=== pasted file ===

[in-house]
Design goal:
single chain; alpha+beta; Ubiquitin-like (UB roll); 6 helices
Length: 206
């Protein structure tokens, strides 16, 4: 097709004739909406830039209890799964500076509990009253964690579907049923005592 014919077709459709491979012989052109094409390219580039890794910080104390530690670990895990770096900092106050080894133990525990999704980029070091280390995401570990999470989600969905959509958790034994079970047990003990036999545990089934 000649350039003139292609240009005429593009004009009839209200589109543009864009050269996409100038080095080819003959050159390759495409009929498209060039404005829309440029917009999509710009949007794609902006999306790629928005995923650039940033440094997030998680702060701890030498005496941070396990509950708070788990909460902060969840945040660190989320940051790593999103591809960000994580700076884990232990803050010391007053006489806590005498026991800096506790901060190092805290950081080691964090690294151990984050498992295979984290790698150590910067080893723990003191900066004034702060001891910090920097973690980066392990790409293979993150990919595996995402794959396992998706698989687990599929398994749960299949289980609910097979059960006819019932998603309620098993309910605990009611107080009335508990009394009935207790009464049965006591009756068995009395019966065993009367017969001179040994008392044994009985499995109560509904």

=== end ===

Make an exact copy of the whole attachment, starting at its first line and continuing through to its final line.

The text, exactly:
[in-house]
Design goal:
single chain; alpha+beta; Ubiquitin-like (UB roll); 6 helices
Length: 206
């Protein structure tokens, strides 16, 4: 097709004739909406830039209890799964500076509990009253964690579907049923005592 014919077709459709491979012989052109094409390219580039890794910080104390530690670990895990770096900092106050080894133990525990999704980029070091280390995401570990999470989600969905959509958790034994079970047990003990036999545990089934 000649350039003139292609240009005429593009004009009839209200589109543009864009050269996409100038080095080819003959050159390759495409009929498209060039404005829309440029917009999509710009949007794609902006999306790629928005995923650039940033440094997030998680702060701890030498005496941070396990509950708070788990909460902060969840945040660190989320940051790593999103591809960000994580700076884990232990803050010391007053006489806590005498026991800096506790901060190092805290950081080691964090690294151990984050498992295979984290790698150590910067080893723990003191900066004034702060001891910090920097973690980066392990790409293979993150990919595996995402794959396992998706698989687990599929398994749960299949289980609910097979059960006819019932998603309620098993309910605990009611107080009335508990009394009935207790009464049965006591009756068995009395019966065993009367017969001179040994008392044994009985499995109560509904």